“How do you define the ‘public realm’ when an enormous percentage of the American public spends the majority of its day in its pajamas?” Stilgoe says.
This piece raises great questions for a COVID-19 world. The emphasis on how architecture and design shapes public behavior as well as how others in those spaces can be trusted or not is right on. At the same time, there are several elements I would add to this analysis:
1. The definitions of “institution” and “spaces” are pretty broad. Some of the listed locations, like shopping malls, colleges, and grocery stores, are not public spaces. They are owned by private groups that can and do dictate how the space can be used. Some of the other locations, like parks and squares, are public spaces. Government buildings are generally more open to all. Americans privilege private space even though we need some of the private spaces – grocery stores, workplaces – to survive. But, the same rules or expectations do not apply in each of these spaces. We saw this in the Occupy Wall Street protests where gatherings in what looked like public spaces could be ended when they spaces were actually owned by private groups or the government pushed people out. We actually do not have that many public spaces where people regularly gather; many of our “public spaces” are actually privately owned and this matters. The private public spaces require both private groups and the public to cooperate – and they may not always do so.
3. More broadly, many would argue a thriving society and democracy depends on regular interaction between people. And face-to-face interaction provides benefits that online communication does not regarding communicating clearly and building relationships. Yet, again, this has been on a decline for a while now. Twitter is not a good approximation of public conversation nor a good medium (at least as currently constructed or experienced) for public conversation. Telecommuting may provide efficiencies and allow people more private lives but something will be lost. See my earlier thoughts on sociologist Eric Klinenberg’s Palaces for the People where he takes up these issues (Part One, Part Two, Part Three, Part Four).
Homes, whatever their size or their layout, are constructed to be part of an ecosystem. They make assumptions about the way their eventual residents will interact with the affordances, and the economies, of the outside world. They assume, generally speaking, that people will commute to work (hence, in suburbs and rural areas, the abundance of driveways and garages). They assume that people will live much of their life outside the home. And they assume that the home’s residents will, as a consequence, have access to goods produced elsewhere: groceries, games, cleaning supplies. (American refrigerators are the size they are because their designers made informed bets about how often their owners would visit a grocery store.)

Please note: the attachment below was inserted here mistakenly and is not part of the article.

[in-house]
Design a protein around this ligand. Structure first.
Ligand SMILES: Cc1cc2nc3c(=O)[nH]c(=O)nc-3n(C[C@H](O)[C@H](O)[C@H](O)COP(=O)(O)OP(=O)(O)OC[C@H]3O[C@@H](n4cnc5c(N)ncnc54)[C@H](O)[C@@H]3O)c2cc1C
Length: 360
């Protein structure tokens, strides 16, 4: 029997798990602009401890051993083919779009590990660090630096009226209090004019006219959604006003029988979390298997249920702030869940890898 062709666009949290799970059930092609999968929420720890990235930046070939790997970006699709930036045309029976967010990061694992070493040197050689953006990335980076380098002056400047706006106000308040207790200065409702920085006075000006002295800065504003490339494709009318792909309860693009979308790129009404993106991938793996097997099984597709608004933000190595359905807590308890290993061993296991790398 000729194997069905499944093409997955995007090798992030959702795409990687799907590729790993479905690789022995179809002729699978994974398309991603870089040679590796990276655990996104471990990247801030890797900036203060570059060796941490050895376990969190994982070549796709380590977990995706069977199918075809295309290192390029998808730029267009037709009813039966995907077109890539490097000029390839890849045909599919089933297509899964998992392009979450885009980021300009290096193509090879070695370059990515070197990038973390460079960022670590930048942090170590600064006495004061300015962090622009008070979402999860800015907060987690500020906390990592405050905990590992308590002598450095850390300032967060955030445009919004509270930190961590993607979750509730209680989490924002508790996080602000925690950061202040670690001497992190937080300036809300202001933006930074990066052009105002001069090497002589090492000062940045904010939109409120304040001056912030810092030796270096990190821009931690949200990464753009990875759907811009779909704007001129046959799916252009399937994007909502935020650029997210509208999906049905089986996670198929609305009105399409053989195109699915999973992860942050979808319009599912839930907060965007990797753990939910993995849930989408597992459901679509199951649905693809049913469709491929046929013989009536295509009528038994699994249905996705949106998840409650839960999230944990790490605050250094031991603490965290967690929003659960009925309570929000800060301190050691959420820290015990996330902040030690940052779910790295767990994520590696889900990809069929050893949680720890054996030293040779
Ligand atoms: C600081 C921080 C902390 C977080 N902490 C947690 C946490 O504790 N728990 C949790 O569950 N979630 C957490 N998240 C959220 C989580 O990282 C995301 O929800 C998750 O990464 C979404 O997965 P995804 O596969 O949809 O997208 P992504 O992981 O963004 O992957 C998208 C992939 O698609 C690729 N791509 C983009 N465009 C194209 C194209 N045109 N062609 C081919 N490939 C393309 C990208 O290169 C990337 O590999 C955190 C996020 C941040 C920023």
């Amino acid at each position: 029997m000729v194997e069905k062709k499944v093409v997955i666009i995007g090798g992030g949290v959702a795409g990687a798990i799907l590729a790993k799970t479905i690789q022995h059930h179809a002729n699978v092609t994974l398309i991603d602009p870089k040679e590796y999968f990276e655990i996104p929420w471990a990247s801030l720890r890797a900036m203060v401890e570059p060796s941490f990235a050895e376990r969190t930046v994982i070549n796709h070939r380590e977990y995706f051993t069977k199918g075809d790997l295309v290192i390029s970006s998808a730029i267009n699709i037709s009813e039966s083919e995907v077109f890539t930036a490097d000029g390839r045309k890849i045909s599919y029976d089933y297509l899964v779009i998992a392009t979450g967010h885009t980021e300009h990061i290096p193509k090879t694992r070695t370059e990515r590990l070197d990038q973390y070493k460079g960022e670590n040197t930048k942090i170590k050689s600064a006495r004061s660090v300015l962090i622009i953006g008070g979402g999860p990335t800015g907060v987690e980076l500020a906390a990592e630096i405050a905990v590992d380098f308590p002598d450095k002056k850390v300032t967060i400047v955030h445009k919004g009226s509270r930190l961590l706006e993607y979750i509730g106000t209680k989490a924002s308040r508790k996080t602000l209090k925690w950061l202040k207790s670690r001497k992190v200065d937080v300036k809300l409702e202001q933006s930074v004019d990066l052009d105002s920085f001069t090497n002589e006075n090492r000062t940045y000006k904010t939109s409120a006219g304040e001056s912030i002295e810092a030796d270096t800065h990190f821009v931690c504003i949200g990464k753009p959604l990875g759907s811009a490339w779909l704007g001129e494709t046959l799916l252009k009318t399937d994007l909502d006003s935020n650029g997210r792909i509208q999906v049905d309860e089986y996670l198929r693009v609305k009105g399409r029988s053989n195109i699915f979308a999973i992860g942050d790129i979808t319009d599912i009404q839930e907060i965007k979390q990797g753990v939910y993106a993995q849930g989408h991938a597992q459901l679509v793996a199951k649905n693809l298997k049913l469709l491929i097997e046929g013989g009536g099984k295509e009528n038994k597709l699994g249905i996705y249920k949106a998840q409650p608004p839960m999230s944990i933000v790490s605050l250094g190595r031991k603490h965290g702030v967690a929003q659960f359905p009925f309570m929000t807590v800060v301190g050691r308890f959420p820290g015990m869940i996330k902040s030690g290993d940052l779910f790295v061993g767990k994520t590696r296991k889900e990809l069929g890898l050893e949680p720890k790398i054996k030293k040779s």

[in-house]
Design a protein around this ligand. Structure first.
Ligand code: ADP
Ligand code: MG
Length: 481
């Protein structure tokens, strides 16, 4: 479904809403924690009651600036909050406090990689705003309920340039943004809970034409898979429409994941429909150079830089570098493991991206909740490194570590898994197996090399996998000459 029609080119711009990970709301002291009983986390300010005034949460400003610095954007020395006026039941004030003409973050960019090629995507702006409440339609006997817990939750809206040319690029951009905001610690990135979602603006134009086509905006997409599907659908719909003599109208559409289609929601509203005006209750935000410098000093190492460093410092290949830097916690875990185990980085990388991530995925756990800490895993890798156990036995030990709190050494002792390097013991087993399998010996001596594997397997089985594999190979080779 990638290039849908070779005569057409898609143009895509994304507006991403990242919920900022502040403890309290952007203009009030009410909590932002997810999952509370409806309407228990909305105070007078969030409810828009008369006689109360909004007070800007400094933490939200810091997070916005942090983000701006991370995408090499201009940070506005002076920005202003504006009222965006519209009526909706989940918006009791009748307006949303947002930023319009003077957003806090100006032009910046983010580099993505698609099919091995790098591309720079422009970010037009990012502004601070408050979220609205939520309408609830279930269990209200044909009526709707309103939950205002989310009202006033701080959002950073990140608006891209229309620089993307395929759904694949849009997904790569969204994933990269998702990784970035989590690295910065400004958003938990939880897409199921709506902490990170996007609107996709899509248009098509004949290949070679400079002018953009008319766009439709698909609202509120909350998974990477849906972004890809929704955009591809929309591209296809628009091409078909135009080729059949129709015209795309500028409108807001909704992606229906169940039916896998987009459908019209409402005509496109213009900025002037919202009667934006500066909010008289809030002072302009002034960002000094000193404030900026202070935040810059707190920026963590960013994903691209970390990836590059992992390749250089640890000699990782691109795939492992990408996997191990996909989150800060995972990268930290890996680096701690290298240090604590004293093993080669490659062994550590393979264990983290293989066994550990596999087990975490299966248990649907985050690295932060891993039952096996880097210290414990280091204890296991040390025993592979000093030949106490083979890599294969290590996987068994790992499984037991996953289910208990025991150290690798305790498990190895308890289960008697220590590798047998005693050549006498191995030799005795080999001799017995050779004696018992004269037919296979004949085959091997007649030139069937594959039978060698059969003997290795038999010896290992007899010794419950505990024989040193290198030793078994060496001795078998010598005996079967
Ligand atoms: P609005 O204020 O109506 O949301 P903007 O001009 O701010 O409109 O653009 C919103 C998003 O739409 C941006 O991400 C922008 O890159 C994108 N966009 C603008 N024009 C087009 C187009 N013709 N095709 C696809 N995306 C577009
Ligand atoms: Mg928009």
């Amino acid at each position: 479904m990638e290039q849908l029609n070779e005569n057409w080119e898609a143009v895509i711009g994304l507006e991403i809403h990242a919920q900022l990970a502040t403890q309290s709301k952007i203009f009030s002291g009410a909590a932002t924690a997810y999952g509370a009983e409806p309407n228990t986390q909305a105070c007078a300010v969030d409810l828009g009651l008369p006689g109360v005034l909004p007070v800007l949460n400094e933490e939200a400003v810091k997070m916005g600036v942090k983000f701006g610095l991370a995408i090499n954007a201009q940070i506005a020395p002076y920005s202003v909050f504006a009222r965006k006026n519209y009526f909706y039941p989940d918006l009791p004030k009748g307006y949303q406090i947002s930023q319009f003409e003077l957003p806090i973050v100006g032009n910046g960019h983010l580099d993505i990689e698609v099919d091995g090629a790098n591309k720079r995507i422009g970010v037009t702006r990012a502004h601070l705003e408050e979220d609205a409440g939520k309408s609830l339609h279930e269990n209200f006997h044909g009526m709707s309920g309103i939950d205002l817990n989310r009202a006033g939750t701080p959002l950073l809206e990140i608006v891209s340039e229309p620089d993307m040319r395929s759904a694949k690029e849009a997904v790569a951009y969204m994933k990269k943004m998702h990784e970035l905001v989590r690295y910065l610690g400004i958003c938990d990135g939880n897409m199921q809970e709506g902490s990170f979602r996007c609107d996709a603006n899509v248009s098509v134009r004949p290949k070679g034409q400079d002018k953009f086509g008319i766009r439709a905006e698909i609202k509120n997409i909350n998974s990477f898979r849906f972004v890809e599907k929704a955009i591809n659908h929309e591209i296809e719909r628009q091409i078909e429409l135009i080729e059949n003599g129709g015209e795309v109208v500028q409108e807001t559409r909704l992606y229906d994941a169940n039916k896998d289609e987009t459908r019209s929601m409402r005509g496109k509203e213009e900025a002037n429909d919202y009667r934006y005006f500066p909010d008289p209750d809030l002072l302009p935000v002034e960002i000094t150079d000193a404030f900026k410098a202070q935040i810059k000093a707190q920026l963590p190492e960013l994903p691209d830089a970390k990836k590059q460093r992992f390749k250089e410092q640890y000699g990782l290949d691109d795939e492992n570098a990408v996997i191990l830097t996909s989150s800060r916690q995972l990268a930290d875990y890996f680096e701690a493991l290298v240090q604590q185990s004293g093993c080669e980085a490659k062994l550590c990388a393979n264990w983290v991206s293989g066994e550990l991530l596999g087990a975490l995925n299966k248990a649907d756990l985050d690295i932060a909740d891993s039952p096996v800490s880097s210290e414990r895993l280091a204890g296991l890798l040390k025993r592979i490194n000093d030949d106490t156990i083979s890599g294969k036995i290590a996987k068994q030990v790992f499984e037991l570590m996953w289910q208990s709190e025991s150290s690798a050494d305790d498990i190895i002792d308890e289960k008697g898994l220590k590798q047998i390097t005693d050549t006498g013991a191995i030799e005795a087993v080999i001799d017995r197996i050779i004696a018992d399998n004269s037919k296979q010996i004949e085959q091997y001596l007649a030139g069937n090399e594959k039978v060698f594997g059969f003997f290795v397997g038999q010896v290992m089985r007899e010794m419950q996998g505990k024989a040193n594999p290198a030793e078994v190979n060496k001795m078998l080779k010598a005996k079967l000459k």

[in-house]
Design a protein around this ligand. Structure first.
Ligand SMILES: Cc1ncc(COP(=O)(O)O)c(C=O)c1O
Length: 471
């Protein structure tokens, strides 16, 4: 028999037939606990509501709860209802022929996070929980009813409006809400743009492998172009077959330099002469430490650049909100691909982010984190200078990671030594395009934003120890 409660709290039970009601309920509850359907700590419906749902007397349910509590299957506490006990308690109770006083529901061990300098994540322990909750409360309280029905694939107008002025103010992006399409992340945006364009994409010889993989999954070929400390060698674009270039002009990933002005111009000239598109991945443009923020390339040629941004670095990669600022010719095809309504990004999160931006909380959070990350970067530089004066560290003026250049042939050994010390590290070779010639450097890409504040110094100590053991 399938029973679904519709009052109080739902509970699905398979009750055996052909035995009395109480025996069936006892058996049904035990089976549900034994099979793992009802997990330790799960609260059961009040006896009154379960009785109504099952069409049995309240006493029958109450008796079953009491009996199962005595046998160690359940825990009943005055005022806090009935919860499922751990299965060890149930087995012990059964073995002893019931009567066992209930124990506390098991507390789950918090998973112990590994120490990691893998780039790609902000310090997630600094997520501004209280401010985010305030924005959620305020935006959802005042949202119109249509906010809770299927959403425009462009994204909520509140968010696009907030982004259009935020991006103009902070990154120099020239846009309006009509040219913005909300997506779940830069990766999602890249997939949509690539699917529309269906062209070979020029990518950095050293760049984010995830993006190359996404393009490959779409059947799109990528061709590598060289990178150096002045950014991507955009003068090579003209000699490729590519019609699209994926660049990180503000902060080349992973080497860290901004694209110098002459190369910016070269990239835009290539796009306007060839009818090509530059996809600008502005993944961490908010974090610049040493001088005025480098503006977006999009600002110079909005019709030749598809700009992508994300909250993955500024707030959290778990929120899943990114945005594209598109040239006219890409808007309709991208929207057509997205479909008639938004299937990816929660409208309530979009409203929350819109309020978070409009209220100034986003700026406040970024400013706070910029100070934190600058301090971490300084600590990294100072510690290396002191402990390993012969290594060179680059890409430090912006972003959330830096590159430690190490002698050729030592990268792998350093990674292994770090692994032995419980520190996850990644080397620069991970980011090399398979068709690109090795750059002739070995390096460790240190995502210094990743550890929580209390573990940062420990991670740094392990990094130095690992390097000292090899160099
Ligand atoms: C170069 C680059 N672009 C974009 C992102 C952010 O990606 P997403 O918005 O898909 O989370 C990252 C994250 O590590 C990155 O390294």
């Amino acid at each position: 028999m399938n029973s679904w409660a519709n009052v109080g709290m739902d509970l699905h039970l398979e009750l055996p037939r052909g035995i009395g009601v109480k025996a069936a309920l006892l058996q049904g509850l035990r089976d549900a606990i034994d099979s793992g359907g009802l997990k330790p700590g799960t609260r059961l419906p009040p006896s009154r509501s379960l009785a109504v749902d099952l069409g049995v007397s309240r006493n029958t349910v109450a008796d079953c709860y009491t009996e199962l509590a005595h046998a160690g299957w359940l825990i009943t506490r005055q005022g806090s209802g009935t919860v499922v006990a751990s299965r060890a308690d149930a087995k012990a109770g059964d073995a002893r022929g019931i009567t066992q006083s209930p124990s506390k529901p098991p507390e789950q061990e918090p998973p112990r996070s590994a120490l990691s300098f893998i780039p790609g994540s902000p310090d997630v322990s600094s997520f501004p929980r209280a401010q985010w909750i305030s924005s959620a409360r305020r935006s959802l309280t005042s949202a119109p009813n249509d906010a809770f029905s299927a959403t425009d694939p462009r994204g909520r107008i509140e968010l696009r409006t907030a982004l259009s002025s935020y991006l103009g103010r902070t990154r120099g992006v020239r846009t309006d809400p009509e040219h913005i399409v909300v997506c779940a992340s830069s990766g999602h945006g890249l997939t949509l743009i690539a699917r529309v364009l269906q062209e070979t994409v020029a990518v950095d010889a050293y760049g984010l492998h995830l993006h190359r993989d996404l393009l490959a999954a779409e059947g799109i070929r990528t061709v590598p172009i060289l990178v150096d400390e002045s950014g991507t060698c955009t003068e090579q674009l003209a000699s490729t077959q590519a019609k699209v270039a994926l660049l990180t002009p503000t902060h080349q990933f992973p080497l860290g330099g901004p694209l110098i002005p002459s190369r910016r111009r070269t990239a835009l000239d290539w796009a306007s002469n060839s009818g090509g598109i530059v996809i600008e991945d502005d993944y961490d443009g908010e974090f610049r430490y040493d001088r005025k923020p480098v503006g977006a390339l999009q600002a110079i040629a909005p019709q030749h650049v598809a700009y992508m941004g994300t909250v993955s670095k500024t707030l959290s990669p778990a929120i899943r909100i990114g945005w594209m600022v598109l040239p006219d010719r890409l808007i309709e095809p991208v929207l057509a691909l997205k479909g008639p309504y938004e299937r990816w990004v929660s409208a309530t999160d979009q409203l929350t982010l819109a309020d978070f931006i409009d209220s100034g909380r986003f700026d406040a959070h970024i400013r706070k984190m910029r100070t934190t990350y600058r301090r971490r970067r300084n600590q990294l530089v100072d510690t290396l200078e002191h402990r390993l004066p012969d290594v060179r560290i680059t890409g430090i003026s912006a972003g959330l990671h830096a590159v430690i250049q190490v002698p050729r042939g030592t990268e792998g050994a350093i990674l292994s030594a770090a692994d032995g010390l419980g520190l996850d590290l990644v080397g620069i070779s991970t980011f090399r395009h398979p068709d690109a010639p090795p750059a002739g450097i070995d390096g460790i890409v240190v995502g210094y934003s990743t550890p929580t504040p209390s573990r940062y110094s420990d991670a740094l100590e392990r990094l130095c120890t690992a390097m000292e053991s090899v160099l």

Apartments in cities make similar assumptions, but in reverse: They assume that the city itself is a meaningful extension of whatever square footage a dwelling might offer. They treat the home as what it often will be, for the resident: one place among many in the rhythms of a day…
Neither scenario accounts for what many Americans are experiencing right now: home as the only place. Home as the everything. The confinement can pose, for some, a direct danger. Jacoba Urist, writing about the “tiny apartment” trend in 2013, noted that large amounts of time spent in enclosed spaces, particularly if those spaces have several occupants, can be a source of stress—especially for kids. A child-protective-services worker recently sent ProPublica a list of worries she has about the people in her care: “that my families will literally run out of food, formula, diapers. That some of them may die for lack of treatment. That some children may be injured or harmed through inadequate supervision as their desperate parents try to work. That stress may lead to more child abuse.” Gwyn Kaitis, the policy coordinator for the New Mexico Coalition Against Domestic Violence, noted in the same piece that “violence increases when you have circumstances such as unemployment and isolation.”…
“In general, it’s wonderful,” Susanka said of the open-concept approach to living spaces. “But when it’s done to an extreme, it makes it very difficult to live in the house, because your noise, whatever you’re doing, goes everywhere.” When the home involves kids, that borderlessness becomes even more acute. A child might need to be entertained or fed while her mom is on a conference call. An older sibling might be playing video games or watching a movie while her dad is trying to cook dinner. Another sibling might need a retreat from his co-quarantiners, and have no place to go. In an open space, one person’s activity becomes every person’s activity. Alone together, all the time: For many, that is the current state of things. The “See Also” section of Wikipedia’s “open plan” article cites only one related page: “panopticon.”